However, notwithstanding these interesting legal trends, Italy does not yet have a specific, overarching legislative framework on corporate human rights due diligence (HRDD). The Italian National Action Plan on Business and Human Rights 2016/2021, adopted by the Human Rights Interministerial Committee (CIDU) in December 2016 and revised in November 2018, identifies the promotion of HRDD processes as one of its main areas of interest, together with fighting discrimination and caporalato (i.e. treatment practices, mainly concerning agricultural workers, that disregard core labor standards), the promotion of labor rights within the global supply chain, cooperation in development based on the promotion of human rights, and environmental protection. As regards the HRDD, the NAP recommends to “conduct a comprehensive review of the existing commercial and civil law to assess and evaluate legislative reform introducing provisions such as the ‘duty of care’ or due diligence for companies”. This process will certainly be bolstered by the introduction of a HRDD obligation at EU level.

When it comes to access to remedies for victims of corporate human rights violations, Italy has adopted important legislation providing the right to file class actions for torts liability against corporations (Law n. 31, 12 April 2019). The law will enter into force in May 2021 and is likely to become a crucial tool, as it will give victims of human rights violations the right to file collective claims against corporations. On the side of extrajudicial remedies, the Italian National Contact Point for the OECD Guidelines, set up pursuant to Law 273/2002, has recently come to settle interesting matters, such as Egbema Voice of Freedom et al v. ENI. An interesting development could be for the institutions to consider integrating the OECD NCP to form an inter-ministerial body, rendering its actions more effective.

Finally, Italian law explicitly provides neither for jurisdiction criteria nor for choice of law provisions for disputes concerning corporate civil liability for human rights violations. Therefore, should the amendments to Regulations Rome II and Brussels I bis, recently proposed at the EU level, be adopted, it will be interesting to see how Italy will apply the newly introduced rules (i.e. a title of jurisdiction more favorable to victims, a forum necessitatis, and  a specific conflict-of-law provision on corporate human rights violations).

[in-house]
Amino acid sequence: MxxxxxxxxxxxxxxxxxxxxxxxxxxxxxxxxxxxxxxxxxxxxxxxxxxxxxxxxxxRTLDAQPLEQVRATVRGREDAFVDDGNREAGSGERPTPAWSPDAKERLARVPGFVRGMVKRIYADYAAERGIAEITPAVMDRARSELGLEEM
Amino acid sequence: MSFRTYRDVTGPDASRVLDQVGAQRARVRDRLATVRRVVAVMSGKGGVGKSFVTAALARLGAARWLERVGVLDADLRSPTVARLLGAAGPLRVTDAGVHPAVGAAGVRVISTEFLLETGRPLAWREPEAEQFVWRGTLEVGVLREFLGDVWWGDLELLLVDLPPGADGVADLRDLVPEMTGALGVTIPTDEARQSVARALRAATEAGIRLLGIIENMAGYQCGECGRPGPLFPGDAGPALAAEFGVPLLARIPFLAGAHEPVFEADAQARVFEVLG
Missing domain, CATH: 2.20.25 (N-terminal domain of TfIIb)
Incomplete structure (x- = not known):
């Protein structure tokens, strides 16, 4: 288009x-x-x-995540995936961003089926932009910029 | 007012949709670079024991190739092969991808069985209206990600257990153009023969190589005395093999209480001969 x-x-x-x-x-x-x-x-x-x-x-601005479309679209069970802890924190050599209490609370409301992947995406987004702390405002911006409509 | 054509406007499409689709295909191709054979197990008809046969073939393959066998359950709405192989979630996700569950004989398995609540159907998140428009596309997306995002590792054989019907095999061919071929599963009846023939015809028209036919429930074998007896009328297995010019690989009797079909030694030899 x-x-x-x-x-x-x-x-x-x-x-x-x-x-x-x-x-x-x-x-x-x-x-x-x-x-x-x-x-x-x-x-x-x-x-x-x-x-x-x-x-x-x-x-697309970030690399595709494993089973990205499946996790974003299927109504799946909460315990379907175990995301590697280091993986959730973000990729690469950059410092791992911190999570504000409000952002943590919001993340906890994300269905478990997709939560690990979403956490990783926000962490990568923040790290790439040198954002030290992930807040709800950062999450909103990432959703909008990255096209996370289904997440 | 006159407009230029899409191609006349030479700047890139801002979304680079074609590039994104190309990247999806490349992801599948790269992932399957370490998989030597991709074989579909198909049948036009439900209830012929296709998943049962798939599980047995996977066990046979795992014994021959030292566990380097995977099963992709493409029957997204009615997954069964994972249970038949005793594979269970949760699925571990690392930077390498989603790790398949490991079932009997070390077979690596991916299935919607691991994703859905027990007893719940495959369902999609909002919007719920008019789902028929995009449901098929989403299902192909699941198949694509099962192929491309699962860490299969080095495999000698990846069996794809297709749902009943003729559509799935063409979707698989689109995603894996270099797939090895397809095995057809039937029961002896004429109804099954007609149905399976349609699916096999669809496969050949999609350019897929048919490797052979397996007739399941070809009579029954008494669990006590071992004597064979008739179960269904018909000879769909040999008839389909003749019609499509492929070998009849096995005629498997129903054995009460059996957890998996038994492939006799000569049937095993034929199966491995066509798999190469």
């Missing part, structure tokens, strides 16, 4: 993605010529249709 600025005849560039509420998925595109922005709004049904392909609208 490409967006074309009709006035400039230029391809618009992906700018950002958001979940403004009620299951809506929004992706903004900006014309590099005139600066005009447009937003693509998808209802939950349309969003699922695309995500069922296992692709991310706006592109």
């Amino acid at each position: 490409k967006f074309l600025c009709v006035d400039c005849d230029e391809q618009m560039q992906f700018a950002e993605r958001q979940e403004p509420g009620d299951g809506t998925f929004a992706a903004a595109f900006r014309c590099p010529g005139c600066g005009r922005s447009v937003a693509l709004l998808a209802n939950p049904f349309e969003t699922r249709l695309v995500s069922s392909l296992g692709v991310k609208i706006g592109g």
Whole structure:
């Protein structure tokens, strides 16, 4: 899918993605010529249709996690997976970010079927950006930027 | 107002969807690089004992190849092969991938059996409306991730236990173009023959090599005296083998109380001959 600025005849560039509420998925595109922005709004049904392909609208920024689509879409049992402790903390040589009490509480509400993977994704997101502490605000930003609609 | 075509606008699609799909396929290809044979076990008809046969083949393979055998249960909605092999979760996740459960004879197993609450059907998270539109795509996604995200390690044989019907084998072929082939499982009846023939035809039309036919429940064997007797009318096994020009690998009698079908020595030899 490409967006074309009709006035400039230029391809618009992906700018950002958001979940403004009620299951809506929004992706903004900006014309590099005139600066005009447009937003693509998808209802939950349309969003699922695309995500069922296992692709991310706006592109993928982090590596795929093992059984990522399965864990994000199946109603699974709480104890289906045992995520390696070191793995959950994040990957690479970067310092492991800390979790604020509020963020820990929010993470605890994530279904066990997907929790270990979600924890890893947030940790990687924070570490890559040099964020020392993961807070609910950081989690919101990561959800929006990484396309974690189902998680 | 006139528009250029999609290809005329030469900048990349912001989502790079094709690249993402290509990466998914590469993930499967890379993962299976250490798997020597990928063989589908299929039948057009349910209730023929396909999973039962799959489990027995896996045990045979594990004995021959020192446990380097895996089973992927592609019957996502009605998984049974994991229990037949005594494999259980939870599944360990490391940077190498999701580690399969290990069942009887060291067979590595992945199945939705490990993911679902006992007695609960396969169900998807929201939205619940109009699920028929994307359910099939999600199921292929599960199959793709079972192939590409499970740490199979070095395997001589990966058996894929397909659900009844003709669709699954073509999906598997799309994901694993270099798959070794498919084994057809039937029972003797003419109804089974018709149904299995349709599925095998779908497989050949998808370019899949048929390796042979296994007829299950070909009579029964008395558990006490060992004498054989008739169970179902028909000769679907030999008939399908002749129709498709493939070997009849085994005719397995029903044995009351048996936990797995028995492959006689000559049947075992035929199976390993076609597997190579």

In light of these observations, some conclusions can be drawn about Italy’s compliance with its state duty to protect human rights. Despite the interesting trends at Italian law level mentioned above, areas in need of improvement remain, along with, unfortunately, some remarkable failures. These include Italy’s recent condemnation by the European Court of Human Rights in Cordella v. Italy, for its violation of Articles 8 and 13 of the European Convention, with regard to activities conducted by the steel company ILVA that resulted in damage to human health.

In addition to all this, given the tragic impacts of the COVID-19 pandemic and the related economic crisis, it is urgent that the institutions offer reliable solutions and restructure the B&HRs legal framework so as to take into account new and pressing needs. This is the call, the hope and the challenge I put to the Italian government.


Suggested citation: A. Bonfati, “Strengths, Weaknesses and Developments of Business and Human Rights in Italy”, Nova Centre on Business, Human Rights and the Environment Blog, 16th December 2020.